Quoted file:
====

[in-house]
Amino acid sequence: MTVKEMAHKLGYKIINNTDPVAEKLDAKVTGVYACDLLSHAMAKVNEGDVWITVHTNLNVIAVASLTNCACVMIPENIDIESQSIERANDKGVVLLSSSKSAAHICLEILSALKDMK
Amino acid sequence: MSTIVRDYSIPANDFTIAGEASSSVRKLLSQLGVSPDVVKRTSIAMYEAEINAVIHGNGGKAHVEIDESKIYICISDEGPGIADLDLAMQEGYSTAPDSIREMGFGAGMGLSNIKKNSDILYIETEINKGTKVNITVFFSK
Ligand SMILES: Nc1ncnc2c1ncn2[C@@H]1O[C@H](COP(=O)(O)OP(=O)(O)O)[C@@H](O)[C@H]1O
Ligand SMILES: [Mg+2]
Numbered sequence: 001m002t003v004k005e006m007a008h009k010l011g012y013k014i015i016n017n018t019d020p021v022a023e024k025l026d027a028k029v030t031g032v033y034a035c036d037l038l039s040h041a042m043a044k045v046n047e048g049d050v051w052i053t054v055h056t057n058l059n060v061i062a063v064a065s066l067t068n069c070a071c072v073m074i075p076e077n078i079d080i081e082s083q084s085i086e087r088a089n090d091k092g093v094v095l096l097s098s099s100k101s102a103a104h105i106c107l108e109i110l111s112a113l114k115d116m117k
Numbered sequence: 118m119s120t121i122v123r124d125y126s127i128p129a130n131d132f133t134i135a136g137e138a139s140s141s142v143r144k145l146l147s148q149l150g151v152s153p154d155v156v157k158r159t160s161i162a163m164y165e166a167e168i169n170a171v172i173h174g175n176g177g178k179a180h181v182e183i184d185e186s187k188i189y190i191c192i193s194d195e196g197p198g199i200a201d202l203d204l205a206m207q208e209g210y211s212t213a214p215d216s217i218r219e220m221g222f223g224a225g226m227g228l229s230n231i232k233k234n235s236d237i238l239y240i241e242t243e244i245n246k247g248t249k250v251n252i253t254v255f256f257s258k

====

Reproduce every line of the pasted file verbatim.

[in-house]
Amino acid sequence: MTVKEMAHKLGYKIINNTDPVAEKLDAKVTGVYACDLLSHAMAKVNEGDVWITVHTNLNVIAVASLTNCACVMIPENIDIESQSIERANDKGVVLLSSSKSAAHICLEILSALKDMK
Amino acid sequence: MSTIVRDYSIPANDFTIAGEASSSVRKLLSQLGVSPDVVKRTSIAMYEAEINAVIHGNGGKAHVEIDESKIYICISDEGPGIADLDLAMQEGYSTAPDSIREMGFGAGMGLSNIKKNSDILYIETEINKGTKVNITVFFSK
Ligand SMILES: Nc1ncnc2c1ncn2[C@@H]1O[C@H](COP(=O)(O)OP(=O)(O)O)[C@@H](O)[C@H]1O
Ligand SMILES: [Mg+2]
Numbered sequence: 001m002t003v004k005e006m007a008h009k010l011g012y013k014i015i016n017n018t019d020p021v022a023e024k025l026d027a028k029v030t031g032v033y034a035c036d037l038l039s040h041a042m043a044k045v046n047e048g049d050v051w052i053t054v055h056t057n058l059n060v061i062a063v064a065s066l067t068n069c070a071c072v073m074i075p076e077n078i079d080i081e082s083q084s085i086e087r088a089n090d091k092g093v094v095l096l097s098s099s100k101s102a103a104h105i106c107l108e109i110l111s112a113l114k115d116m117k
Numbered sequence: 118m119s120t121i122v123r124d125y126s127i128p129a130n131d132f133t134i135a136g137e138a139s140s141s142v143r144k145l146l147s148q149l150g151v152s153p154d155v156v157k158r159t160s161i162a163m164y165e166a167e168i169n170a171v172i173h174g175n176g177g178k179a180h181v182e183i184d185e186s187k188i189y190i191c192i193s194d195e196g197p198g199i200a201d202l203d204l205a206m207q208e209g210y211s212t213a214p215d216s217i218r219e220m221g222f223g224a225g226m227g228l229s230n231i232k233k234n235s236d237i238l239y240i241e242t243e244i245n246k247g248t249k250v251n252i253t254v255f256f257s258k